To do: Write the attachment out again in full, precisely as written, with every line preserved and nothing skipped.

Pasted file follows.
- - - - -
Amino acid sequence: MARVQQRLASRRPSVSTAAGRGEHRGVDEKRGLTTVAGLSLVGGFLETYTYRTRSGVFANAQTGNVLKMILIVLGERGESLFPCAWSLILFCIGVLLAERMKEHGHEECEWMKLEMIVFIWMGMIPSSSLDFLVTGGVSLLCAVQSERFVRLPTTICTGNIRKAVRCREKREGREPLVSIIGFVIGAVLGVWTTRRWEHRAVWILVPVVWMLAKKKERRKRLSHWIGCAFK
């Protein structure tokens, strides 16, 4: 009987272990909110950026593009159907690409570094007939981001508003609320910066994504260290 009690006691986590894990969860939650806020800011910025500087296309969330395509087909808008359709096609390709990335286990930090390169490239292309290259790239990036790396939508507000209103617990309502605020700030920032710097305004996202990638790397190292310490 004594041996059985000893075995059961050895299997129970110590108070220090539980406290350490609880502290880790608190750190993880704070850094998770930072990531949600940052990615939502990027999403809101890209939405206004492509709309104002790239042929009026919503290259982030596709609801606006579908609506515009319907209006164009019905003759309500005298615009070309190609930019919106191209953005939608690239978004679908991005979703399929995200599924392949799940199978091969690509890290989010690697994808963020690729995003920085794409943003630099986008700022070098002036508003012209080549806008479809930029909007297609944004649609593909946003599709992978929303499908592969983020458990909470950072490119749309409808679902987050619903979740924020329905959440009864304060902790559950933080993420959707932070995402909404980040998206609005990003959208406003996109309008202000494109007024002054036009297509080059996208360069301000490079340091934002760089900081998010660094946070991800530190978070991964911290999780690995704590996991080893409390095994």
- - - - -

Amino acid sequence: MARVQQRLASRRPSVSTAAGRGEHRGVDEKRGLTTVAGLSLVGGFLETYTYRTRSGVFANAQTGNVLKMILIVLGERGESLFPCAWSLILFCIGVLLAERMKEHGHEECEWMKLEMIVFIWMGMIPSSSLDFLVTGGVSLLCAVQSERFVRLPTTICTGNIRKAVRCREKREGREPLVSIIGFVIGAVLGVWTTRRWEHRAVWILVPVVWMLAKKKERRKRLSHWIGCAFK
């Protein structure tokens, strides 16, 4: 009987272990909110950026593009159907690409570094007939981001508003609320910066994504260290 009690006691986590894990969860939650806020800011910025500087296309969330395509087909808008359709096609390709990335286990930090390169490239292309290259790239990036790396939508507000209103617990309502605020700030920032710097305004996202990638790397190292310490 004594041996059985000893075995059961050895299997129970110590108070220090539980406290350490609880502290880790608190750190993880704070850094998770930072990531949600940052990615939502990027999403809101890209939405206004492509709309104002790239042929009026919503290259982030596709609801606006579908609506515009319907209006164009019905003759309500005298615009070309190609930019919106191209953005939608690239978004679908991005979703399929995200599924392949799940199978091969690509890290989010690697994808963020690729995003920085794409943003630099986008700022070098002036508003012209080549806008479809930029909007297609944004649609593909946003599709992978929303499908592969983020458990909470950072490119749309409808679902987050619903979740924020329905959440009864304060902790559950933080993420959707932070995402909404980040998206609005990003959208406003996109309008202000494109007024002054036009297509080059996208360069301000490079340091934002760089900081998010660094946070991800530190978070991964911290999780690995704590996991080893409390095994």